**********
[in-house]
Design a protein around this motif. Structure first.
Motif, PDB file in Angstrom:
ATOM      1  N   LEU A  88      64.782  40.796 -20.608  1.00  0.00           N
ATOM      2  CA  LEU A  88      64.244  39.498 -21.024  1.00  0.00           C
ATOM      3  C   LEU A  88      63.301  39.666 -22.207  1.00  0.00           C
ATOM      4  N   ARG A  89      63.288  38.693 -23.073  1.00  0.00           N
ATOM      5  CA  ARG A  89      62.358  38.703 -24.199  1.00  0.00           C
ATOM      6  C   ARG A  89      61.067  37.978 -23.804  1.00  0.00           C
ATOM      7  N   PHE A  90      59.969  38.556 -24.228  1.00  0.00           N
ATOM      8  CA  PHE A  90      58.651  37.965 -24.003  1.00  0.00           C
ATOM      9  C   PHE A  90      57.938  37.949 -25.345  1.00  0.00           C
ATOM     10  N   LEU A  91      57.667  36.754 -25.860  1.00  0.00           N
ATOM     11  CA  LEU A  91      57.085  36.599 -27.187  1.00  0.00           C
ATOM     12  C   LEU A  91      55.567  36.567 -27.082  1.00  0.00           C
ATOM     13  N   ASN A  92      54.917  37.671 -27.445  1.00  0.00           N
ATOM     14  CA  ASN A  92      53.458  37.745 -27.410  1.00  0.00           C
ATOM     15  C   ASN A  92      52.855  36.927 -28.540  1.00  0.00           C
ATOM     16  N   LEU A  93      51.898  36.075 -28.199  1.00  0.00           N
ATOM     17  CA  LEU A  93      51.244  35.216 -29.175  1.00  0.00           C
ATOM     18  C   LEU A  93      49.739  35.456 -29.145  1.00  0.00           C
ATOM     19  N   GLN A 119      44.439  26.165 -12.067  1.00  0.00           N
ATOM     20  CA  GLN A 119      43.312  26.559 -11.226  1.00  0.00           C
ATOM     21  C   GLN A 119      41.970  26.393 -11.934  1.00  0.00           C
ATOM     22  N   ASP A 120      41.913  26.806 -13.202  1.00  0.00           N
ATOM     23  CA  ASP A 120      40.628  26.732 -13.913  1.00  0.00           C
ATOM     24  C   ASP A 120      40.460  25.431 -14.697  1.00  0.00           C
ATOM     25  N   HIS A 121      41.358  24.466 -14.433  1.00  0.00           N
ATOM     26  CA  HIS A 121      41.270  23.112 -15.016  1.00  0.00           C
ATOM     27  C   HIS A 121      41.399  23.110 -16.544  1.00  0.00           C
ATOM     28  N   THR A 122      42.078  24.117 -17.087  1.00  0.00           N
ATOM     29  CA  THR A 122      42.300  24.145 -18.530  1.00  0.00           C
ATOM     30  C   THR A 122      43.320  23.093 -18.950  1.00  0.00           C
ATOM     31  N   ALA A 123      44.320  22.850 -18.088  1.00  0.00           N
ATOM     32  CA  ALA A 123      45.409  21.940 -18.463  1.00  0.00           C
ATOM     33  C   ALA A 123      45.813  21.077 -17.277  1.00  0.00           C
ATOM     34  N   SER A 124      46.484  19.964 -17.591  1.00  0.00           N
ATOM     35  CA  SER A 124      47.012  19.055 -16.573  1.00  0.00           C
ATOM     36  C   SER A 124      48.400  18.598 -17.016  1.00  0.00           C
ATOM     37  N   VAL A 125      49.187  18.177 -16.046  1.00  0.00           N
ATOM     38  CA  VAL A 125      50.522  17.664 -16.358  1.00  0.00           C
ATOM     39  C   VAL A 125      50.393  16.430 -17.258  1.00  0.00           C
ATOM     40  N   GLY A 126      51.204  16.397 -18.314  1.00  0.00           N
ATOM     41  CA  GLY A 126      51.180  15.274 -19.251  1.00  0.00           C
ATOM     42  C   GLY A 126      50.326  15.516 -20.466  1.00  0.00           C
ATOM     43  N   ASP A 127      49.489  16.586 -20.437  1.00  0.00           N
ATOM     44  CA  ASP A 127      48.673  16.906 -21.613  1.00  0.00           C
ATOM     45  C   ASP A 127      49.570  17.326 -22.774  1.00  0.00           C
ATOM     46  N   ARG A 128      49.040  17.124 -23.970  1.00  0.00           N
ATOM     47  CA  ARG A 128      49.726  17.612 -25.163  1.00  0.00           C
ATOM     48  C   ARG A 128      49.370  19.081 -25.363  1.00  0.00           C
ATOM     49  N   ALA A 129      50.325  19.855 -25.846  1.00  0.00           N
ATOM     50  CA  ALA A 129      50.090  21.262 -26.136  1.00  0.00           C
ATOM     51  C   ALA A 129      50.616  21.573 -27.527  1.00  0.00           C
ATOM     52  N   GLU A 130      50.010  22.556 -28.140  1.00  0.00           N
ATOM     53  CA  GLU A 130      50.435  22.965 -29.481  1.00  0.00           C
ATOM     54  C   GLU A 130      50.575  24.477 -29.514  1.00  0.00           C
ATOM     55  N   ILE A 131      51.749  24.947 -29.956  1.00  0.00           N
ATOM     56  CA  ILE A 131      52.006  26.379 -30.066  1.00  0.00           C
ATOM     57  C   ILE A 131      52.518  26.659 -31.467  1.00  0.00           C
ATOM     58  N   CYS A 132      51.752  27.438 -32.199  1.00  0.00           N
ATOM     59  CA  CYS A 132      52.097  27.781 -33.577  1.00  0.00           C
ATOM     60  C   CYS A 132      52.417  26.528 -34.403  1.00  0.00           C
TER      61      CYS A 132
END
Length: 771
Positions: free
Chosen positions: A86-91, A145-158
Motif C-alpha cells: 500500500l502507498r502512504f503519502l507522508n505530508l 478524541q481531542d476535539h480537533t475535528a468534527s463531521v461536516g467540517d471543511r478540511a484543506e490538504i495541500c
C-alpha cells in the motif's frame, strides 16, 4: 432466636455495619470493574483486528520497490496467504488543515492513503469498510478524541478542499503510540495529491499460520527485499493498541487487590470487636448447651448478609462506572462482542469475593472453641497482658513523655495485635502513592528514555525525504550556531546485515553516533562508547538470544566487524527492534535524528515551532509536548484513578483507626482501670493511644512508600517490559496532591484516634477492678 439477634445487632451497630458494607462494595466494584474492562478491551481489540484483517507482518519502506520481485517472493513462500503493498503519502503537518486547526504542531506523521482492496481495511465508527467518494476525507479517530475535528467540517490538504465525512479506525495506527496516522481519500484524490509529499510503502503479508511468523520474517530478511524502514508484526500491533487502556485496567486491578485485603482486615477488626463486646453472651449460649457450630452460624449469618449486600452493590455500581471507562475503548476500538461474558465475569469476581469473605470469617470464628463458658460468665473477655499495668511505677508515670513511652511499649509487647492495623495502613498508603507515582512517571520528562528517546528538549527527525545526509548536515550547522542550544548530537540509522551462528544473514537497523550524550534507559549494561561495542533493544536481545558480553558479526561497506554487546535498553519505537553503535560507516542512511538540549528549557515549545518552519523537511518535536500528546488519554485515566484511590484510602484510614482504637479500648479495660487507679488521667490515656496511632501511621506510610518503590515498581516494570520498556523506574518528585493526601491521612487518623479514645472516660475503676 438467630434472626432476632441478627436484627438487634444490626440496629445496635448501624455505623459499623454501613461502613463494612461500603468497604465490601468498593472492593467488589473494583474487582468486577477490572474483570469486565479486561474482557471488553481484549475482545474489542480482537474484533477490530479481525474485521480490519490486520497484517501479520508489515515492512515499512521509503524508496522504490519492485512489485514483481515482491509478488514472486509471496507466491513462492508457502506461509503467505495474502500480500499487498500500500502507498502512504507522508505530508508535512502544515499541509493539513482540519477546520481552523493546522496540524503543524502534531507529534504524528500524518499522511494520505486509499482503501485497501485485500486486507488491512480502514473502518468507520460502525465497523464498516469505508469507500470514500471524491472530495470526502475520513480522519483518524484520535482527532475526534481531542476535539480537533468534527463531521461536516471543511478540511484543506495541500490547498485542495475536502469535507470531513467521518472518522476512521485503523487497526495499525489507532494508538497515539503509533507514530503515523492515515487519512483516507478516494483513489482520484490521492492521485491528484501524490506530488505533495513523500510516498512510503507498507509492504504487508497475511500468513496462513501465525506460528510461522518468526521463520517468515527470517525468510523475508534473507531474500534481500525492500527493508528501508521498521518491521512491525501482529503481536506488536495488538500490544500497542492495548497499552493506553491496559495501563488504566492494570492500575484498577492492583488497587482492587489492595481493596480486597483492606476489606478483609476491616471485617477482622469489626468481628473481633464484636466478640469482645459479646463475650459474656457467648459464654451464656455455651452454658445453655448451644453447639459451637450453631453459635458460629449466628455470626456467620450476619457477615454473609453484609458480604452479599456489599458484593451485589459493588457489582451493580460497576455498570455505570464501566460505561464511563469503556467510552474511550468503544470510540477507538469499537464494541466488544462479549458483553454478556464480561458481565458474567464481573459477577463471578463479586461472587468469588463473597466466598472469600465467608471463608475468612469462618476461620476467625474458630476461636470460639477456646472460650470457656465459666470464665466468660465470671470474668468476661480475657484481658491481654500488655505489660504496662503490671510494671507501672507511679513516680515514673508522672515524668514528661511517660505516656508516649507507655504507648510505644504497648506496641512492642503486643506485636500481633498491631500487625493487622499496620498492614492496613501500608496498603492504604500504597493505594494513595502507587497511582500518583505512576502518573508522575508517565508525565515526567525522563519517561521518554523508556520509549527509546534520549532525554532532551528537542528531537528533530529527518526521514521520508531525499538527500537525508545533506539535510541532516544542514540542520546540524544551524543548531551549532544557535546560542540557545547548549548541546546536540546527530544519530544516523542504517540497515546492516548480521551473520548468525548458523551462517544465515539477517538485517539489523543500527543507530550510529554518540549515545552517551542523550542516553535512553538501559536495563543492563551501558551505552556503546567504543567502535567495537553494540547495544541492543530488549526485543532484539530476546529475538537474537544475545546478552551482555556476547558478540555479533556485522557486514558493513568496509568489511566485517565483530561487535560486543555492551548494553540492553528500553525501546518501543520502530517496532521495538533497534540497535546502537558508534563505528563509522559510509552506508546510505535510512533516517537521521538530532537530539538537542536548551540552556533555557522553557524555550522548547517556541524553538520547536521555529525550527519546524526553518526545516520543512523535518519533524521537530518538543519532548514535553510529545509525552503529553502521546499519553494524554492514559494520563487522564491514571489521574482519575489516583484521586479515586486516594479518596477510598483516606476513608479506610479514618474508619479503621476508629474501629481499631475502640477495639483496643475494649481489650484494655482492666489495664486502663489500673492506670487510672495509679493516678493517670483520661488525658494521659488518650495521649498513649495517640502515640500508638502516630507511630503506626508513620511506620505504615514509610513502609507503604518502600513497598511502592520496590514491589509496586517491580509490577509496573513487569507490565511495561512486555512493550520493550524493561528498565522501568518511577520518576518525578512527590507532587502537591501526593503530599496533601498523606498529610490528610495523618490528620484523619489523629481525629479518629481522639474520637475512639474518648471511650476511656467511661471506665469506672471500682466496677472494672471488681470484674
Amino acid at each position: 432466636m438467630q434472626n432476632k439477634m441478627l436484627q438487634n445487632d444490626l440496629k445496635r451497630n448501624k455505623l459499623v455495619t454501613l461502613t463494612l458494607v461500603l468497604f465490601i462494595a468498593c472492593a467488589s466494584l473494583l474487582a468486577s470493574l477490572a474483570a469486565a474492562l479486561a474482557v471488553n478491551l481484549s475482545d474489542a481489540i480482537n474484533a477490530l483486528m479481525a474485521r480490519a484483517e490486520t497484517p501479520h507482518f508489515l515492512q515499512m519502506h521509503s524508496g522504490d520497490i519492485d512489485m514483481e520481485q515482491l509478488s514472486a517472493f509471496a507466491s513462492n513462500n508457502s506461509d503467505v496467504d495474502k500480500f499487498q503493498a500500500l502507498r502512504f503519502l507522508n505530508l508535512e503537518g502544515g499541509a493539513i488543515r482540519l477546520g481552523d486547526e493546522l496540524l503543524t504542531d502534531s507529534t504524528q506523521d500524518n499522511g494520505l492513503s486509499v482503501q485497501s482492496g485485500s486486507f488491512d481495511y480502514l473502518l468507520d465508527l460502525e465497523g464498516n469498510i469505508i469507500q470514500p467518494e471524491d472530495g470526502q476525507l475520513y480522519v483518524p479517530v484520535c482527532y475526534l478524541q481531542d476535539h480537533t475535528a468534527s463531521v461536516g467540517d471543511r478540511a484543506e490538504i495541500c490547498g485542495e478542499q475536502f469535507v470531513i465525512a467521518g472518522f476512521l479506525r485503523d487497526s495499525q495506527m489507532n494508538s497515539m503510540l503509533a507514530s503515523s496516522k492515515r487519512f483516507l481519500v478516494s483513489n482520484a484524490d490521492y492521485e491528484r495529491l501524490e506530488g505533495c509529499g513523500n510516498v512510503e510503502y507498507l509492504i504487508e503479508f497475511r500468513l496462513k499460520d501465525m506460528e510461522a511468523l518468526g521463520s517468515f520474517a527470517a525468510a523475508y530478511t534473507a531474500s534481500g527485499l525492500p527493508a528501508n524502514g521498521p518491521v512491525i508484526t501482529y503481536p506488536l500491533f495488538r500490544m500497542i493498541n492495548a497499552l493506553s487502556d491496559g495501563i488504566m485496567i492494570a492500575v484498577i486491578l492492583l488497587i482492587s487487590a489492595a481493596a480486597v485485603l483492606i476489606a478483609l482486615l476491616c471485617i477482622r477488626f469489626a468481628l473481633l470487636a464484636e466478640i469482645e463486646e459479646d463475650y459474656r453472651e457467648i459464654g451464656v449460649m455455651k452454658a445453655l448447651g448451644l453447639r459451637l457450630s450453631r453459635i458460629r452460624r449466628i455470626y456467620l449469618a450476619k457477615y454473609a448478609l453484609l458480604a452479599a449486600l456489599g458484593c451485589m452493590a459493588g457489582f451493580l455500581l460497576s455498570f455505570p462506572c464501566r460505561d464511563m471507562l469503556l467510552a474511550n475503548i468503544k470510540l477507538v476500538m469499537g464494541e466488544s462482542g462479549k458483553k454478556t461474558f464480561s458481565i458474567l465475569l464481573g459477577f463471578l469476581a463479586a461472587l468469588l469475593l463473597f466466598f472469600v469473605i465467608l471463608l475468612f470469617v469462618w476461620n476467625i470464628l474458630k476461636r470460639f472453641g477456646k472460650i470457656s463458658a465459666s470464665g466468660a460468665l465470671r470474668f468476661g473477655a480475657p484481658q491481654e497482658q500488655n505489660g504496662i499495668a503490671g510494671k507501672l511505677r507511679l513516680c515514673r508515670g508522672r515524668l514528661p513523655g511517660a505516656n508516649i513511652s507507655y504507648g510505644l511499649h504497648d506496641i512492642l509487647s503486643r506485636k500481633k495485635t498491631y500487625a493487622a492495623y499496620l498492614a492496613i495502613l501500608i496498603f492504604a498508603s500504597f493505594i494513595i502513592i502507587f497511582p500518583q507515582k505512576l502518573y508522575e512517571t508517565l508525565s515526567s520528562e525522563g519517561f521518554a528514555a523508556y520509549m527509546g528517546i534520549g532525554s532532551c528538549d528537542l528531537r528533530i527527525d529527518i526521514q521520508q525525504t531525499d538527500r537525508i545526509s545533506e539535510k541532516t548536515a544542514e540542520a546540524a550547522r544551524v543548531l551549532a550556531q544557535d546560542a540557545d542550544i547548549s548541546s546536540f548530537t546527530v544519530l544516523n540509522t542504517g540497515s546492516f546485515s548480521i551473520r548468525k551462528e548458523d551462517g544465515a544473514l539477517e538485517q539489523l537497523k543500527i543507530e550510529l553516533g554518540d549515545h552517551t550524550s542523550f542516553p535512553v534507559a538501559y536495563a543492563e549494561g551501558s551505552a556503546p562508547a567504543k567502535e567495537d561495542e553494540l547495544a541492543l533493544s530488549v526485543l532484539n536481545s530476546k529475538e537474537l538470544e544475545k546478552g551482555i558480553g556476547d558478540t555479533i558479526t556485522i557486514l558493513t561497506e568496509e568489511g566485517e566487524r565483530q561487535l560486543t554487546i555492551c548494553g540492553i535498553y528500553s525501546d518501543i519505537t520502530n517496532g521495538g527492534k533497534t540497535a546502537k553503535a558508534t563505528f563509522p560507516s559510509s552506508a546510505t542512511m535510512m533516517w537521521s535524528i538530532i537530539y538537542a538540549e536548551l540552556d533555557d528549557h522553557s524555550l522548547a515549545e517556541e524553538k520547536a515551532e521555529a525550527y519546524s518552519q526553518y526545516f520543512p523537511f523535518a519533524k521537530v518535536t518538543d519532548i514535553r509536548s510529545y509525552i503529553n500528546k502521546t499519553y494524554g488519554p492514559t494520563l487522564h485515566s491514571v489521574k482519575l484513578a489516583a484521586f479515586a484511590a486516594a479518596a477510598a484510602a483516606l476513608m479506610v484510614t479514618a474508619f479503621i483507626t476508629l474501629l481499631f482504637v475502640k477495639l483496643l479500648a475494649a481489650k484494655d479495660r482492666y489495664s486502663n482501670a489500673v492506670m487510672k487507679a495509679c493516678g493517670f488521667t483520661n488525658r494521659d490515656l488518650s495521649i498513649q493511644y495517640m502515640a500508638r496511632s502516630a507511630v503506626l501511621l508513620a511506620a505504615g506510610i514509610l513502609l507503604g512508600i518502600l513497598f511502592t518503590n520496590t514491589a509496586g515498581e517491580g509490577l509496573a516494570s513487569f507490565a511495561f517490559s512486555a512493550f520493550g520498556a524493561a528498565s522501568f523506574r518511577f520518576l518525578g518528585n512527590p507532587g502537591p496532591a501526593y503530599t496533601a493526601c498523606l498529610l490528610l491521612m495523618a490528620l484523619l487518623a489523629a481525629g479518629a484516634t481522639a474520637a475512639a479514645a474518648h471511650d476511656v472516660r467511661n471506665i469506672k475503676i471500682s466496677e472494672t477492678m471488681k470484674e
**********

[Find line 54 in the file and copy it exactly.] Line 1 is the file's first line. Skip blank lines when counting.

ATOM     51  C   ALA A 129      50.616  21.573 -27.527  1.00  0.00           C